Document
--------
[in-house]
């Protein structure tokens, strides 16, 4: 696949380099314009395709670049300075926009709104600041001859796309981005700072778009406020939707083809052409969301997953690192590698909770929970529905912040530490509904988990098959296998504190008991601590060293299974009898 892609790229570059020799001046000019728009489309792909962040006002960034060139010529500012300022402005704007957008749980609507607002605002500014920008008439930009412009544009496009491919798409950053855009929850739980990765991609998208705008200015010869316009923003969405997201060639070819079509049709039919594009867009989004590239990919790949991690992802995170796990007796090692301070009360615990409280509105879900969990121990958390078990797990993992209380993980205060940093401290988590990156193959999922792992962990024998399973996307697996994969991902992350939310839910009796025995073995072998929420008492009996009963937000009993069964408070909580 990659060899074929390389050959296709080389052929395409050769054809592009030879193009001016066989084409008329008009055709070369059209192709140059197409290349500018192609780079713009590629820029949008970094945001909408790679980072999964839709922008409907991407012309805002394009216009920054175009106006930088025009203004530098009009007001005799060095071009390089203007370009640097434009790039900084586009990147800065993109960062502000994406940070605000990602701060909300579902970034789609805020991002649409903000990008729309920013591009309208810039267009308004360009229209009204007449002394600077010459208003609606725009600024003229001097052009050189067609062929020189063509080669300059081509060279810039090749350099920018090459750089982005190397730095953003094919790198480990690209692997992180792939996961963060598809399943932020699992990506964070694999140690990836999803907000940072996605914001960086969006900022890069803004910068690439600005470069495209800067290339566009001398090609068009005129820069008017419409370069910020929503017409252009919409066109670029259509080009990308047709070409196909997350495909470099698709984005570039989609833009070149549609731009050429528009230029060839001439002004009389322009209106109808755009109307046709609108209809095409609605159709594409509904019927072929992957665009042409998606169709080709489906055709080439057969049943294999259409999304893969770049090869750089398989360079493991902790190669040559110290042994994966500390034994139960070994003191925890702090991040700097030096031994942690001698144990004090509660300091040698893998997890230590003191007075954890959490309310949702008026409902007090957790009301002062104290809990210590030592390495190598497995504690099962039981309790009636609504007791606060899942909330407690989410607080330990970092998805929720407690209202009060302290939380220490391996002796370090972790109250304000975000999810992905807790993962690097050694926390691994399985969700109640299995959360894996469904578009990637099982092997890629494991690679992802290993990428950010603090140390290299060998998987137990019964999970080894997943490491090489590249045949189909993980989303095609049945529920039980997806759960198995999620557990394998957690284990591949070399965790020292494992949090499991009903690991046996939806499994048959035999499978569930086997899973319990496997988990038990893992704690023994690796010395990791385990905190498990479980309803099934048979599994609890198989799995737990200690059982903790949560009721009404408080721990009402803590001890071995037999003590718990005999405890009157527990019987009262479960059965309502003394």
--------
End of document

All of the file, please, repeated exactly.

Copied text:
[in-house]
């Protein structure tokens, strides 16, 4: 696949380099314009395709670049300075926009709104600041001859796309981005700072778009406020939707083809052409969301997953690192590698909770929970529905912040530490509904988990098959296998504190008991601590060293299974009898 892609790229570059020799001046000019728009489309792909962040006002960034060139010529500012300022402005704007957008749980609507607002605002500014920008008439930009412009544009496009491919798409950053855009929850739980990765991609998208705008200015010869316009923003969405997201060639070819079509049709039919594009867009989004590239990919790949991690992802995170796990007796090692301070009360615990409280509105879900969990121990958390078990797990993992209380993980205060940093401290988590990156193959999922792992962990024998399973996307697996994969991902992350939310839910009796025995073995072998929420008492009996009963937000009993069964408070909580 990659060899074929390389050959296709080389052929395409050769054809592009030879193009001016066989084409008329008009055709070369059209192709140059197409290349500018192609780079713009590629820029949008970094945001909408790679980072999964839709922008409907991407012309805002394009216009920054175009106006930088025009203004530098009009007001005799060095071009390089203007370009640097434009790039900084586009990147800065993109960062502000994406940070605000990602701060909300579902970034789609805020991002649409903000990008729309920013591009309208810039267009308004360009229209009204007449002394600077010459208003609606725009600024003229001097052009050189067609062929020189063509080669300059081509060279810039090749350099920018090459750089982005190397730095953003094919790198480990690209692997992180792939996961963060598809399943932020699992990506964070694999140690990836999803907000940072996605914001960086969006900022890069803004910068690439600005470069495209800067290339566009001398090609068009005129820069008017419409370069910020929503017409252009919409066109670029259509080009990308047709070409196909997350495909470099698709984005570039989609833009070149549609731009050429528009230029060839001439002004009389322009209106109808755009109307046709609108209809095409609605159709594409509904019927072929992957665009042409998606169709080709489906055709080439057969049943294999259409999304893969770049090869750089398989360079493991902790190669040559110290042994994966500390034994139960070994003191925890702090991040700097030096031994942690001698144990004090509660300091040698893998997890230590003191007075954890959490309310949702008026409902007090957790009301002062104290809990210590030592390495190598497995504690099962039981309790009636609504007791606060899942909330407690989410607080330990970092998805929720407690209202009060302290939380220490391996002796370090972790109250304000975000999810992905807790993962690097050694926390691994399985969700109640299995959360894996469904578009990637099982092997890629494991690679992802290993990428950010603090140390290299060998998987137990019964999970080894997943490491090489590249045949189909993980989303095609049945529920039980997806759960198995999620557990394998957690284990591949070399965790020292494992949090499991009903690991046996939806499994048959035999499978569930086997899973319990496997988990038990893992704690023994690796010395990791385990905190498990479980309803099934048979599994609890198989799995737990200690059982903790949560009721009404408080721990009402803590001890071995037999003590718990005999405890009157527990019987009262479960059965309502003394």